Story - Delphine Ndiaye


‘Our most important task is to show people they can trust us.’

She adored her father who never took a day off. ‘I work so hard because I want my father to be proud of me, although he’s no longer there’. She’s very athletic: ‘Every day before going to office I have a workout for an hour’, and she works in a man’s world: ‘It’s up to us women to show our abilities.’
‘I had a close relationship with my father; he was my role model. He worked so hard, I can’t remember him taking a day off. Only when he had to stay at home for a month because of a rupture of his Achilles heel tendon, he was not at work. But he couldn’t sit still; he started filming our family and our neighbourhood during our sporting and recreational activities. He always gave the best of himself, so I also want to give the best of myself. I was born in Dakar and we had a wonderful childhood. We lived in Mermoz, an area with many different nationalities. I played with French, Spanish, Danish and African children. Sports mainly, like basketball, tennis, skateboarding. My whole family loves sports; my father started his career as a gym-teacher, my mother was a basketball player in the Senegalese national team. My father did well thanks to his hard work; at the end of his career he was a director at the ministry of Sports.’

‘I started working for Oragroup in 2009. I had studied international marketing in France and had been working for the TV channel Eurosport for five years before going back to Senegal in 2005. After a year and a half working as a sales manager for my own company specialized in 3D graphics and animation, I was a bit bored. So when a friend suggested I should attend a job fair, I went. I left my CV at CBAO’s, one of the biggest banks in West Africa at the time, and after a telephone call and three job interviews I was put in charge of communication.

In 2008, CBAO merged with Attijariwafa Bank Senegal and I oversaw all the communication around the merger. In 2009, my former CEO, knowing my experience in merger communication offered me a job in Togo with a special task: to do all the communication around the rebranding in 2011 of Financial Bank to Orabank. I had some experience in rebranding and I was very excited to be able to start from the beginning. I handled the communication around acquisitions, mergers, in short, all stages that gave its new identity to Orabank. I’m still very proud of having done that. I am now responsible for all the communication of Orabank. That means I deal with and coordinate the head of communication in our twelve branches, our communication agency, our press agency. I take care of the corporate identity guidelines and Orabank’s image.’

‘We are a commercial bank and we always try to be innovative, to change things for the better. We operate in twelve African countries and among our clients you find big international companies, but also individuals with only little savings in their account. We want to be everybody’s bank not only the bank of big corporate. We want to be close to our clients and help them as quick and as best we can. Off course we want to contribute more to sustainability and to a more developed Africa. One of the ways to do this is to create jobs, and I think our activities really matter to help trigger economic development.’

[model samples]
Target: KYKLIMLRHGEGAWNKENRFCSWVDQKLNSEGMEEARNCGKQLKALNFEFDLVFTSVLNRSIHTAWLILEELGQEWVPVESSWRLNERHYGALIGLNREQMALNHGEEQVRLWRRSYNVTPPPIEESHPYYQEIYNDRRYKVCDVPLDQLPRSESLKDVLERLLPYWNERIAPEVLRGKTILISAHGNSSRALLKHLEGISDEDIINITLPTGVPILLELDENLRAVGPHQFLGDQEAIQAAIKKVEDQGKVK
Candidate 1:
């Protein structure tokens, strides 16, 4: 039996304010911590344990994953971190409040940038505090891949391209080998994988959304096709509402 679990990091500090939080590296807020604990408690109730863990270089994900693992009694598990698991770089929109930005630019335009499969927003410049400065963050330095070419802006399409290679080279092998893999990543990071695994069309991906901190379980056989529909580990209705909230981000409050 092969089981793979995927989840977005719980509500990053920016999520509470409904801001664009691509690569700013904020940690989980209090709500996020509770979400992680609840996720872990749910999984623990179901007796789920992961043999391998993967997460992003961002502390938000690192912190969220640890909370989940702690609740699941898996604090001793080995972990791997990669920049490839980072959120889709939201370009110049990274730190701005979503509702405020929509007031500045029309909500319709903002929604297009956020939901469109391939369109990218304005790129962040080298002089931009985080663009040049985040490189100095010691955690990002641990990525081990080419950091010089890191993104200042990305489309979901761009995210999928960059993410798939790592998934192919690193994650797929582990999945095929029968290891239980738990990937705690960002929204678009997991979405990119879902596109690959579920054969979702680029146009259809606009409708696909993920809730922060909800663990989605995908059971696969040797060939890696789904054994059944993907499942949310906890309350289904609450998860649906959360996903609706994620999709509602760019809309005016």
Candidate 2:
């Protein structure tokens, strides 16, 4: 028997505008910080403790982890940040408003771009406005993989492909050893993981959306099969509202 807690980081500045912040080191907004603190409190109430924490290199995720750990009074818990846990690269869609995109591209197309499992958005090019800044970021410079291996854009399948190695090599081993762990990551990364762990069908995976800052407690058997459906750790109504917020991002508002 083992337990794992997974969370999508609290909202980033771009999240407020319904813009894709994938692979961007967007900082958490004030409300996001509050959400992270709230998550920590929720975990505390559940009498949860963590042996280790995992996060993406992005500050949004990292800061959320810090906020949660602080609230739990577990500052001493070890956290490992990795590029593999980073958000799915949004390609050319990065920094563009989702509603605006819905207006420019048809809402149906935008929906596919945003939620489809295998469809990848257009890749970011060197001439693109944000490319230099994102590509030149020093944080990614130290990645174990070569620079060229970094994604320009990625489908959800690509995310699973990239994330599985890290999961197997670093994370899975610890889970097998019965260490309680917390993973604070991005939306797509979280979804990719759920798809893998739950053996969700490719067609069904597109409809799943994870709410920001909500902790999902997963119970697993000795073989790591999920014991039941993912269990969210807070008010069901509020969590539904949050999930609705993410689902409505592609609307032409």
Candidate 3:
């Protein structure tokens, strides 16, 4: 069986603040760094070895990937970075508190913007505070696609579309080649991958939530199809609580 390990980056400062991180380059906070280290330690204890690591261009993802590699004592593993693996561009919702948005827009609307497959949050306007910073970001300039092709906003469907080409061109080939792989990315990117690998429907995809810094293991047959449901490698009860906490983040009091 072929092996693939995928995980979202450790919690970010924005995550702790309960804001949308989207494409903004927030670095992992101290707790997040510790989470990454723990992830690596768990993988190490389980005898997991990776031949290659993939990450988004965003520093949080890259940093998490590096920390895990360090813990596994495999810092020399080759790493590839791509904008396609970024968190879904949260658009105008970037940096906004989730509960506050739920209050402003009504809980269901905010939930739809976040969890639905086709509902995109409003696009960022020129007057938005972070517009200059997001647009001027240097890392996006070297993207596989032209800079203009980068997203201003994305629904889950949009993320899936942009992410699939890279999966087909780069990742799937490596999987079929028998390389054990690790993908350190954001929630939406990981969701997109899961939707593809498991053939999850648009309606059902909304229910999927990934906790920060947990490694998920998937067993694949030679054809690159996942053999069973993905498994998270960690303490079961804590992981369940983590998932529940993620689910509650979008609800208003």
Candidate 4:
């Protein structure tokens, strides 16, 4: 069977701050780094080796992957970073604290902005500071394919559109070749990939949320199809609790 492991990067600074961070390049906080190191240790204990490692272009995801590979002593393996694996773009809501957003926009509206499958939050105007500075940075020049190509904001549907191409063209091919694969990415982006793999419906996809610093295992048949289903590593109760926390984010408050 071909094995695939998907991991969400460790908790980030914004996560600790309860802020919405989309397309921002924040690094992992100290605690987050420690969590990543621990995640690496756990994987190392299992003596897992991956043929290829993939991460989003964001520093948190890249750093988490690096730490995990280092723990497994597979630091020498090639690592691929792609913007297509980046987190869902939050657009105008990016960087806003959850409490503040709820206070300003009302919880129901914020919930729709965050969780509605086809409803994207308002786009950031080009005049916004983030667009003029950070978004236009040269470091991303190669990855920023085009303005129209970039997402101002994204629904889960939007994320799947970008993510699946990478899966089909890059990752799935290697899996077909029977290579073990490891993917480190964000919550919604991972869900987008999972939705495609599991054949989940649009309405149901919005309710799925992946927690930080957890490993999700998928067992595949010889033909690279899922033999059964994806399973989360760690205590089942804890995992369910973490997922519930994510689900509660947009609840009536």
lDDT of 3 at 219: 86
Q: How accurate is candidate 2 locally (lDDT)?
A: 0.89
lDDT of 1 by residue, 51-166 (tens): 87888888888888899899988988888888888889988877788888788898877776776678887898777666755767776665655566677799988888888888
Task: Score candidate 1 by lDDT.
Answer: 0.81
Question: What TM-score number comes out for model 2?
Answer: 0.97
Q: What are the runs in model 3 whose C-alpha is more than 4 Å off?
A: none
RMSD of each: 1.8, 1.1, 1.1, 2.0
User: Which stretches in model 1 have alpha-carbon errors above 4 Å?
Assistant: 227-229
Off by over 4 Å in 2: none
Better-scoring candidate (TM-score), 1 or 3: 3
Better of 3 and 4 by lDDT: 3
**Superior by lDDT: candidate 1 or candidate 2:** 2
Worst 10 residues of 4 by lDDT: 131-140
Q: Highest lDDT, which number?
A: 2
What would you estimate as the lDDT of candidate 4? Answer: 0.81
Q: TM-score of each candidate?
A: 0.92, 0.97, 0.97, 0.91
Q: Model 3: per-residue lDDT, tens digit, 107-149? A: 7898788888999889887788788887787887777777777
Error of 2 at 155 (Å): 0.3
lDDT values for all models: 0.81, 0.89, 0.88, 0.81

‘For Africans, it’s not self-evident to have a bank account, around 30 percent of the people in Sub-Saharan Africa have one. Take for example an elder in a small village in Togo or Benin. He likes to have his money in his own house, instead of taking it to a bank. We have branches in the cities, but in the rural areas, it’s more difficult; we can’t be everywhere. People don’t like to travel big distances to bring or get money, that’s also a reason people don’t have a bank account. One must be aware of this, doing communication for a bank. For me this is a very important task: show people they can trust us. That we’re there for them.’

‘There are not many women in the banking world and we were lucky to get a female CEO at Oragroup. I have no problems working in a world dominated by men. It’s up to us women, to show our qualities and skills. Like my father always said: you must work hard to get somewhere. But off course, in Africa boys and girls do not have the same opportunities. Especially in the traditional rural areas the women have a traditional role and girls don’t always go to school or must leave at a young age. In the cities things are changing. The question if a girl can have a career, depends highly of the place she was born and of course the wealth of her parents.’

‘I’m divorced, I have a lovely daughter of 15 years and I love horses. Right now, I do a lot of work for the Club Hippique in Lomé, Togo’s capital. I started horse riding one year after my daughter did. She had so much fun, it was catching. And yes, I also played basketball, like my mother. My father was a basketball referee as well. So in my childhood during the weekends, you could find us all around a basketball field.

Where I will be in fifteen years? Certainly, not in Africa, because my daughter wants to study medicine in  the United States or in Australia. She’s a big fan of Grey’s Anatomy you see. But these countries are expensive. Maybe we go to France medicine studies are recognised to be one of the best and where it’s cheaper. But we’ll see, first she must have her diploma. I probably will still do communication, but not for a bank. I have devoted myself a hundred percent at Oragroup; working for another bank would somehow feel a bit like treason!

Delphine Ndiaye

Born in Dakar, Senegal
2000 – 2005
Head of Commercial and Programme Consolidation, Eurosport
2006 – 2009 Director communication, Attijariwafa bank
2009 - director communication Oragroup SA

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